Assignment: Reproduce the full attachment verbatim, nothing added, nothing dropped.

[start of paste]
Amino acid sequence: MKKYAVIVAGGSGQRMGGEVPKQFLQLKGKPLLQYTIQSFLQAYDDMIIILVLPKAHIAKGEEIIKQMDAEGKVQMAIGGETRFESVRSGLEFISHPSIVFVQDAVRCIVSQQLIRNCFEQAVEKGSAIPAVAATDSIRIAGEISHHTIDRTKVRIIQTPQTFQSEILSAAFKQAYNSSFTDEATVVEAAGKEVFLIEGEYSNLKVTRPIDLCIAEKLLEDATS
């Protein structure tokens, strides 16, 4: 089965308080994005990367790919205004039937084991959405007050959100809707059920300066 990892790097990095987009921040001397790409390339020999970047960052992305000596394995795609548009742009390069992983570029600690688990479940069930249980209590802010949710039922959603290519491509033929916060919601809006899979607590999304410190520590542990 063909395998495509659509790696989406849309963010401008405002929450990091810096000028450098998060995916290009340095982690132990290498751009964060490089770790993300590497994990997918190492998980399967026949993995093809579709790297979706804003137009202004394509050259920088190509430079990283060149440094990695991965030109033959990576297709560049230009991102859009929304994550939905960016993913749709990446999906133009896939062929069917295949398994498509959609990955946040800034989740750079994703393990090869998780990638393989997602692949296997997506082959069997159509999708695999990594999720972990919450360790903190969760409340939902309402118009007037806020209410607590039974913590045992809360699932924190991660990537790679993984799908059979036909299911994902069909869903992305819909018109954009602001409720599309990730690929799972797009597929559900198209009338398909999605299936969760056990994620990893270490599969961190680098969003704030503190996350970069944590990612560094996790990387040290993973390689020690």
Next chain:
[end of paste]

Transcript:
Amino acid sequence: MKKYAVIVAGGSGQRMGGEVPKQFLQLKGKPLLQYTIQSFLQAYDDMIIILVLPKAHIAKGEEIIKQMDAEGKVQMAIGGETRFESVRSGLEFISHPSIVFVQDAVRCIVSQQLIRNCFEQAVEKGSAIPAVAATDSIRIAGEISHHTIDRTKVRIIQTPQTFQSEILSAAFKQAYNSSFTDEATVVEAAGKEVFLIEGEYSNLKVTRPIDLCIAEKLLEDATS
């Protein structure tokens, strides 16, 4: 089965308080994005990367790919205004039937084991959405007050959100809707059920300066 990892790097990095987009921040001397790409390339020999970047960052992305000596394995795609548009742009390069992983570029600690688990479940069930249980209590802010949710039922959603290519491509033929916060919601809006899979607590999304410190520590542990 063909395998495509659509790696989406849309963010401008405002929450990091810096000028450098998060995916290009340095982690132990290498751009964060490089770790993300590497994990997918190492998980399967026949993995093809579709790297979706804003137009202004394509050259920088190509430079990283060149440094990695991965030109033959990576297709560049230009991102859009929304994550939905960016993913749709990446999906133009896939062929069917295949398994498509959609990955946040800034989740750079994703393990090869998780990638393989997602692949296997997506082959069997159509999708695999990594999720972990919450360790903190969760409340939902309402118009007037806020209410607590039974913590045992809360699932924190991660990537790679993984799908059979036909299911994902069909869903992305819909018109954009602001409720599309990730690929799972797009597929559900198209009338398909999605299936969760056990994620990893270490599969961190680098969003704030503190996350970069944590990612560094996790990387040290993973390689020690």
Next chain: